The middle of the panel shows the currently selected object. The contents of an object appear as they do in the game’s base file scripts, just in easy to use input boxes.

For example the apple in script:


And the apple item again in the ItemZed editor:


The program has a simple way of parsing the contents, if an object type has a key/value separator defined it will detect those key value pairs and manage the keys for that object type.
Any lines that don’t have the key value separator will be regarded as a “value only” line.

A good example to illustrate are the recipes, so here’s a recipe in script:


And again in the ItemZed editor:


The separator for recipe key values is a colon, as such ElectronicsScrap=2 is treated as a value only line. So any formatting (the ‘=’ and stuff like ‘keep’) other than the key value separator for this object type is not recognized by the program, this is so the program can remain flexible if stuff changes or new types of objects are added in future.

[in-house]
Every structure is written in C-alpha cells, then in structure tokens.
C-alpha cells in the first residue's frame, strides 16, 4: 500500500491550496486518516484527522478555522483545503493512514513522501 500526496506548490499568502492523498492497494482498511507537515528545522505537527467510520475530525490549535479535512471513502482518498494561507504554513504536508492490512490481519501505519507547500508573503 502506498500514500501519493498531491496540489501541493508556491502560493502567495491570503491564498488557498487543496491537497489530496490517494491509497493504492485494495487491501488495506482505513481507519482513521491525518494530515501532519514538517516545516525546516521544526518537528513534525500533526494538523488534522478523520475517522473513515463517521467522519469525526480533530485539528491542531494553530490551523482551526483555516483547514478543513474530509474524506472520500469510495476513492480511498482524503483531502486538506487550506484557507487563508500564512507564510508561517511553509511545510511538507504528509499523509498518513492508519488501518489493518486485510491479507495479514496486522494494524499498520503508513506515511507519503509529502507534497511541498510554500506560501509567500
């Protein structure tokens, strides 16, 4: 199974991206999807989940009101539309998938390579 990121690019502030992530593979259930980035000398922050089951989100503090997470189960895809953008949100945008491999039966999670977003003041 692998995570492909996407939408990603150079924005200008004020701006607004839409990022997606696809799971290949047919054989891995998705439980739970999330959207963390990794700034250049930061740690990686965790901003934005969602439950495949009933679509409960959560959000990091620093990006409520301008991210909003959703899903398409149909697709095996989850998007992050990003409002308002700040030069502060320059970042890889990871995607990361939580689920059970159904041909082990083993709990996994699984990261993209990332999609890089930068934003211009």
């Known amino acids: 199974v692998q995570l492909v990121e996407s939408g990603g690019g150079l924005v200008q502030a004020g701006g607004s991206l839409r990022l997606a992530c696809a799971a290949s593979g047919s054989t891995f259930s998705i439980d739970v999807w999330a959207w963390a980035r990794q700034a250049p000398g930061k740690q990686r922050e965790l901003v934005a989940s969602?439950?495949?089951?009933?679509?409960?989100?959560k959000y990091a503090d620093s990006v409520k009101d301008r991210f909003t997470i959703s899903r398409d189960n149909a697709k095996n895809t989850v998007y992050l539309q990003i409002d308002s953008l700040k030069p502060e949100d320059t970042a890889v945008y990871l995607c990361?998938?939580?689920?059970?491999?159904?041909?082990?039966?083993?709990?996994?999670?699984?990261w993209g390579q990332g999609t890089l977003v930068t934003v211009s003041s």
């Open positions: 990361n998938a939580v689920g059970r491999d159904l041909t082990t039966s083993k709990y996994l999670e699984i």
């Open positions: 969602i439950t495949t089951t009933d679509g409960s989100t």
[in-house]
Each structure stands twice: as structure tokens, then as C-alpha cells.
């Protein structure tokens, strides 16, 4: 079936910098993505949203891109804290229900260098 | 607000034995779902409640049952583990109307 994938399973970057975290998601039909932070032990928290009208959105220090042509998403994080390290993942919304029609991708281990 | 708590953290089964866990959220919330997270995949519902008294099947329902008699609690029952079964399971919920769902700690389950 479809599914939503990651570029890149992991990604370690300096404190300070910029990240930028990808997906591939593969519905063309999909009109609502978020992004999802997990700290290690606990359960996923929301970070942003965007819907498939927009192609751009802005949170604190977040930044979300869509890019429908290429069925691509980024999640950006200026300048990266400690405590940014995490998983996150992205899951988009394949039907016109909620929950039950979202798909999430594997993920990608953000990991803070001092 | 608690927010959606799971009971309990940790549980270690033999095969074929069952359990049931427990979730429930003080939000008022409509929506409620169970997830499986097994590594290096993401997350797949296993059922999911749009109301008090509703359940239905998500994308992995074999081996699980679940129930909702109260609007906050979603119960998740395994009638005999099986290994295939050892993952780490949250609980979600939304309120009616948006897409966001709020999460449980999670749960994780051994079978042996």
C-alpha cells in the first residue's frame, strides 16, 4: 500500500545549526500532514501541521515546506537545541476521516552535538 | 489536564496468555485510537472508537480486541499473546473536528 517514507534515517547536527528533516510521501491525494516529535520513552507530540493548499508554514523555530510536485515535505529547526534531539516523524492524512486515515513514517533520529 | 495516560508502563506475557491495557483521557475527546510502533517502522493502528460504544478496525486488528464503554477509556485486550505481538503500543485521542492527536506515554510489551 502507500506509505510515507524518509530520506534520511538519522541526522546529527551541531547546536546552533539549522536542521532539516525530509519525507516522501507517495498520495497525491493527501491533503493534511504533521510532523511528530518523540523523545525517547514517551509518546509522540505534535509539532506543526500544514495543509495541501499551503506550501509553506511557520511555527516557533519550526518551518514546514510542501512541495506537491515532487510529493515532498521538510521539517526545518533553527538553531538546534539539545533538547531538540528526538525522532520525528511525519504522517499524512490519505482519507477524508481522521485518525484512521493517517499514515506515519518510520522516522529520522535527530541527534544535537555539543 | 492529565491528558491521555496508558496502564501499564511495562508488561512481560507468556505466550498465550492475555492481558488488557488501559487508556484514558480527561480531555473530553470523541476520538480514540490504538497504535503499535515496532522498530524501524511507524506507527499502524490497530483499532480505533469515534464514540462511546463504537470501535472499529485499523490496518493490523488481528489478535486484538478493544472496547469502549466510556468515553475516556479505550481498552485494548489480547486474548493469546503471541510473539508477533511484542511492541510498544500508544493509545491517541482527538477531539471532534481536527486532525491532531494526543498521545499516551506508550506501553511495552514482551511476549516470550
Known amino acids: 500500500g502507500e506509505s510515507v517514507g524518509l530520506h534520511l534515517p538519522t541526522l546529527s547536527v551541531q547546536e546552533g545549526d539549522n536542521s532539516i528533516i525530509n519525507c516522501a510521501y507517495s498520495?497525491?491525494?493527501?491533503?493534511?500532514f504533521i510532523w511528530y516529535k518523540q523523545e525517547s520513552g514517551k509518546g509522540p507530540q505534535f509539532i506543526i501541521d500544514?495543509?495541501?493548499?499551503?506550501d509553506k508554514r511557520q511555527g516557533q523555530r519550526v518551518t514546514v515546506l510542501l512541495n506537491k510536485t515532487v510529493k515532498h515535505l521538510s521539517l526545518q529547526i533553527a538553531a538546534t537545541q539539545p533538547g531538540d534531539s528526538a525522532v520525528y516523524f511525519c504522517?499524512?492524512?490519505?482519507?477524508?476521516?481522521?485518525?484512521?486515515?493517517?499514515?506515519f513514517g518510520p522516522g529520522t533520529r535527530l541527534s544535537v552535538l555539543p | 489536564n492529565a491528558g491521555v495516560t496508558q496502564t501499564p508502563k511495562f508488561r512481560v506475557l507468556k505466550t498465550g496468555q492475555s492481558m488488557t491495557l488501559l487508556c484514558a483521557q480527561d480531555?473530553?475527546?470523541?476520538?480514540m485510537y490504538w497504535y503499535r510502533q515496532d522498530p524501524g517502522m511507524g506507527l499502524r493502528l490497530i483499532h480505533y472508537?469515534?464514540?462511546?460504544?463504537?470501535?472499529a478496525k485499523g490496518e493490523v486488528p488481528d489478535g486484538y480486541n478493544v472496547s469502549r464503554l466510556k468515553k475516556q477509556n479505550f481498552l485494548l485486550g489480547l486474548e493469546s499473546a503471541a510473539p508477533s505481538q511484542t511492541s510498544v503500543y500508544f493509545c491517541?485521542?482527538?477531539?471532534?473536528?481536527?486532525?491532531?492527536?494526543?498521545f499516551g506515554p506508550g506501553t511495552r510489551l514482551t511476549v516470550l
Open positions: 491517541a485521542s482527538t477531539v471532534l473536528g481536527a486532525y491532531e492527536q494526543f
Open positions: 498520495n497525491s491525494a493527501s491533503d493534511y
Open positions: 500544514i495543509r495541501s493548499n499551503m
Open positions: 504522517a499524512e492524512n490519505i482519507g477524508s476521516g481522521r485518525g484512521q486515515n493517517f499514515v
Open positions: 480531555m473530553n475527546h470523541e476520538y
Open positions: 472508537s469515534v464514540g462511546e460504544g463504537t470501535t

You can select lines using the checkboxes on the left, and the buttons in the dark grey bar to move/delete.

Adding new Key Value pairs can be done below, and if you want to add a single value line then uncheck ‘AddKey’.

Lastly, to the right you’ll see a tab with an Items list and Icons list, from which you can drag and drop items and icons.

2.4 Objects Search Panel




The Objects Search Panel lets you sift through the contents of PZ script objects, also with a handy filter. You can search for two parameters: Keys and Values.

When you enable Key search if will look for relevant results – say the display name of the item you’ve searched for. ‘Axe’ or ‘dead mouse’.